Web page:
It must be in the Charter somewhere, but as ever BBC2 opted out of Christmas altogether. The channel didn’t even start broadcasting until 11am with Play School and then quickly closed up again until 3.10pm. Their first programme back on air was A Year in the Life of an Exmoor Man(“The film follows Tom’s year, from sheep-shearing to lambing …”) presumably intended to coincide with a post Christmas dinner snooze. We were then assailed by a Fred Astaire double-bill and at 8.05pm, Tosca (“a superb film version of Puccini’s three act opera”). As we have seen before, and will again, BBC2 will unceasingly bang on an opera on Christmas Day. The rest of the evening panned out in much the same fashion with One Hundred Great Paintings and then Walter Matthau in The Front Page. Merry Christmas BBC2, you old Scrooge!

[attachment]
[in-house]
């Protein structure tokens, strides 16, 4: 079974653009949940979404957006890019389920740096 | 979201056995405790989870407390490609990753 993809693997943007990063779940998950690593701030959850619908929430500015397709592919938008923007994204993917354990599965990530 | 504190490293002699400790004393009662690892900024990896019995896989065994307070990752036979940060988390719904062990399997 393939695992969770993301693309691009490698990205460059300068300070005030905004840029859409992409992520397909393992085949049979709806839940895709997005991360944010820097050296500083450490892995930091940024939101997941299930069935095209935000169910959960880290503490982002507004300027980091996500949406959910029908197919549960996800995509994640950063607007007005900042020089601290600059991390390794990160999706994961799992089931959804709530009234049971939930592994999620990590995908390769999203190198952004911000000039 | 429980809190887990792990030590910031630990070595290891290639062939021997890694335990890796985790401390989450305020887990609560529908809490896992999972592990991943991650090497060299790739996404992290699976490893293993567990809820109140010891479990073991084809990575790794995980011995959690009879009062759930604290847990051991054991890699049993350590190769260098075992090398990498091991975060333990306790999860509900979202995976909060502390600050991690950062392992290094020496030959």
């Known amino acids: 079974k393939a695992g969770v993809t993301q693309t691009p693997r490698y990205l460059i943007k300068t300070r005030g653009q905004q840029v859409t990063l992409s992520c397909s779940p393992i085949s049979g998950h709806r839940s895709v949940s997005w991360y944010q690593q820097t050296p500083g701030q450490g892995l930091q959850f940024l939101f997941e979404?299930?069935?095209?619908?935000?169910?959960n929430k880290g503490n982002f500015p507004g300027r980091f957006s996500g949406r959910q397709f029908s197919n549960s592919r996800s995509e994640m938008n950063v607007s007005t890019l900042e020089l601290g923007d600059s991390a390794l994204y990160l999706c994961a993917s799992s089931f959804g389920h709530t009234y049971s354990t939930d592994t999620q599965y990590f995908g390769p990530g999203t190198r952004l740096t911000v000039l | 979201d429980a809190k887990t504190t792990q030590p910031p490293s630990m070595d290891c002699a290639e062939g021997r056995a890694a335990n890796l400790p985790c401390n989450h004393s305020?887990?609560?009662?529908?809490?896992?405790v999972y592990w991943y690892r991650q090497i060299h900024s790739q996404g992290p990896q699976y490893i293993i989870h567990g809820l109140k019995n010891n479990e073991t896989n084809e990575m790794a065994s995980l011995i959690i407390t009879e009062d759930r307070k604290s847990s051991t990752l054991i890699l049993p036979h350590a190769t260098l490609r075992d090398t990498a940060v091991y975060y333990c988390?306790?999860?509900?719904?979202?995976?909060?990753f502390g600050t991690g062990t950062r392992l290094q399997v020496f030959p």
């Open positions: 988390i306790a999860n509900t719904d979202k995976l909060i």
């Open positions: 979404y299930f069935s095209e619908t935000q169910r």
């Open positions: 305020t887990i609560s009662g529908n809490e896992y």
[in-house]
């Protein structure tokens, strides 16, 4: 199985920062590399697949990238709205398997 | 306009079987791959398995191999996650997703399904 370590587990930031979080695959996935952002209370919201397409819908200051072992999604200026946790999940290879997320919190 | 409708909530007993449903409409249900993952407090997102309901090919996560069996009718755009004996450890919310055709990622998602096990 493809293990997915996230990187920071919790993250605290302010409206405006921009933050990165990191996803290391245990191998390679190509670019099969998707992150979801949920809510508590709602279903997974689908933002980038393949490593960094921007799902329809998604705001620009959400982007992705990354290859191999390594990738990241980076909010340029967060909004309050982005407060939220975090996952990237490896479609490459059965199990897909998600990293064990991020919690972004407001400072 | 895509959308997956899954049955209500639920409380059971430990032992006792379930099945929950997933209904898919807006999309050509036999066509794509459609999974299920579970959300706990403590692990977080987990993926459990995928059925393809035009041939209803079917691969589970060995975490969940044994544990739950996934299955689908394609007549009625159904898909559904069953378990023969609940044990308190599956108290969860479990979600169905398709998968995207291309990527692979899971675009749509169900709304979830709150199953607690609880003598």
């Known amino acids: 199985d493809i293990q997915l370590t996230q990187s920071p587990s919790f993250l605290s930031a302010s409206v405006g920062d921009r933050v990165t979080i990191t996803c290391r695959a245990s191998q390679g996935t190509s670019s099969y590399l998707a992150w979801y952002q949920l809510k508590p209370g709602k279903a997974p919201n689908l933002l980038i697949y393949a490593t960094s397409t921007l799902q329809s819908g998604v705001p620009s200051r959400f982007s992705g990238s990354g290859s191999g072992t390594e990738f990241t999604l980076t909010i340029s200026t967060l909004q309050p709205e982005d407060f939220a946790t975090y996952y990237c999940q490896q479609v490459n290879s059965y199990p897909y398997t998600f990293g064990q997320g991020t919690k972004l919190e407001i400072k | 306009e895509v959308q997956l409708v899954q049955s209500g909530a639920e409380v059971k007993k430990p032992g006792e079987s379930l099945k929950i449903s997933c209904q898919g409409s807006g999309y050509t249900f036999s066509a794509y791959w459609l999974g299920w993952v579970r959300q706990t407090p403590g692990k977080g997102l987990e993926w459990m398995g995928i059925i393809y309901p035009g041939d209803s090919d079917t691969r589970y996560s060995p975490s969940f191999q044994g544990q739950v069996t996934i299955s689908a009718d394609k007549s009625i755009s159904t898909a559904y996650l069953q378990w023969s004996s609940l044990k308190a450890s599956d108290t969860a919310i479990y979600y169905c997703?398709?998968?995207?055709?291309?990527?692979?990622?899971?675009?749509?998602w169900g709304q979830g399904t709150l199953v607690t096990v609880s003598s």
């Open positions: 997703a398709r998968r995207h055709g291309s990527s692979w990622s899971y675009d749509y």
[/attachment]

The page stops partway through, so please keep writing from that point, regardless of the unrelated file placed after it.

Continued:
In the meantime ITV’s Christmas jewels were well summed up by the relevant TV Times cover which displayed Roger Moore, pushing Janet Brown (in Maggie Thatcher guise) through the snow in a skidoo whilst Morecambe and Wise in full Santa get up skied alongside. This was what we wanted.

ITV’s day started off in fine style; A Merry Morning with Don Maclean and Guys and Dolls brought us a children’s party from the Yeaden Town Hall in Leeds. The TV Times explained, “this is the first year Don Maclean has been host at the annual party which usually comes from a hospital.” And if casting off the grim appendage of sickness wasn’t enough, the programme also featured The Chuckle Brothers. At 9.45am it was, of course, time to fulfill that one niggling commitment and thus Christmas Eucharist brought us an hour’s service from Canterbury Cathedral. This was the first such service Robert Runcie had delivered since his enthronement as the Archbishop of Canterbury, but who wasn’t really chomping at the bit for Christmas Runaround to start at 11.10am?